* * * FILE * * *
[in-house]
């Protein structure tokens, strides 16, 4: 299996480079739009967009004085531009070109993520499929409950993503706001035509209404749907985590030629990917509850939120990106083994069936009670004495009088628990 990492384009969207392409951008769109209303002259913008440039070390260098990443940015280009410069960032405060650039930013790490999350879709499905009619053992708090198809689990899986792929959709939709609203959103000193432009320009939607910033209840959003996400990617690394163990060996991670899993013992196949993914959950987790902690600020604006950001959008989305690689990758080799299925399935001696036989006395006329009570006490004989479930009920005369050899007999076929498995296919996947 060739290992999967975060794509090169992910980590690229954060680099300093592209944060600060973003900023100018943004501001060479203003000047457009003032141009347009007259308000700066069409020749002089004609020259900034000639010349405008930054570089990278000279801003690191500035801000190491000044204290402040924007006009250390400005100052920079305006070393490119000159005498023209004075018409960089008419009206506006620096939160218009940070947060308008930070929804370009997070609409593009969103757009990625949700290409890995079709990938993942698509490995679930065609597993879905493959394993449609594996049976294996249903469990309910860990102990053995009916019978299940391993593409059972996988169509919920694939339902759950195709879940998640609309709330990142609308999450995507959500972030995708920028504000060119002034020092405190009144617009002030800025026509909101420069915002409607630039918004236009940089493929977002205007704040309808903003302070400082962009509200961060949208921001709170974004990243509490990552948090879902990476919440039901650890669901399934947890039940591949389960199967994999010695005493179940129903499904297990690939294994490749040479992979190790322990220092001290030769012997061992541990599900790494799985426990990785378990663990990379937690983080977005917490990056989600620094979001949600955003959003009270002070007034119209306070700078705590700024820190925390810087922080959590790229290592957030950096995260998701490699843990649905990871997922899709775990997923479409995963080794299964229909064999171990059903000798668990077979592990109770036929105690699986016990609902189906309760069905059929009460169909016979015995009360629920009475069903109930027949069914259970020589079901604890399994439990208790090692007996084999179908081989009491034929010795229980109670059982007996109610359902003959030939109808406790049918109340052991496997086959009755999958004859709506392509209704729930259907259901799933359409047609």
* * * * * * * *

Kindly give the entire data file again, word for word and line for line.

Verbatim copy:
[in-house]
């Protein structure tokens, strides 16, 4: 299996480079739009967009004085531009070109993520499929409950993503706001035509209404749907985590030629990917509850939120990106083994069936009670004495009088628990 990492384009969207392409951008769109209303002259913008440039070390260098990443940015280009410069960032405060650039930013790490999350879709499905009619053992708090198809689990899986792929959709939709609203959103000193432009320009939607910033209840959003996400990617690394163990060996991670899993013992196949993914959950987790902690600020604006950001959008989305690689990758080799299925399935001696036989006395006329009570006490004989479930009920005369050899007999076929498995296919996947 060739290992999967975060794509090169992910980590690229954060680099300093592209944060600060973003900023100018943004501001060479203003000047457009003032141009347009007259308000700066069409020749002089004609020259900034000639010349405008930054570089990278000279801003690191500035801000190491000044204290402040924007006009250390400005100052920079305006070393490119000159005498023209004075018409960089008419009206506006620096939160218009940070947060308008930070929804370009997070609409593009969103757009990625949700290409890995079709990938993942698509490995679930065609597993879905493959394993449609594996049976294996249903469990309910860990102990053995009916019978299940391993593409059972996988169509919920694939339902759950195709879940998640609309709330990142609308999450995507959500972030995708920028504000060119002034020092405190009144617009002030800025026509909101420069915002409607630039918004236009940089493929977002205007704040309808903003302070400082962009509200961060949208921001709170974004990243509490990552948090879902990476919440039901650890669901399934947890039940591949389960199967994999010695005493179940129903499904297990690939294994490749040479992979190790322990220092001290030769012997061992541990599900790494799985426990990785378990663990990379937690983080977005917490990056989600620094979001949600955003959003009270002070007034119209306070700078705590700024820190925390810087922080959590790229290592957030950096995260998701490699843990649905990871997922899709775990997923479409995963080794299964229909064999171990059903000798668990077979592990109770036929105690699986016990609902189906309760069905059929009460169909016979015995009360629920009475069903109930027949069914259970020589079901604890399994439990208790090692007996084999179908081989009491034929010795229980109670059982007996109610359902003959030939109808406790049918109340052991496997086959009755999958004859709506392509209704729930259907259901799933359409047609």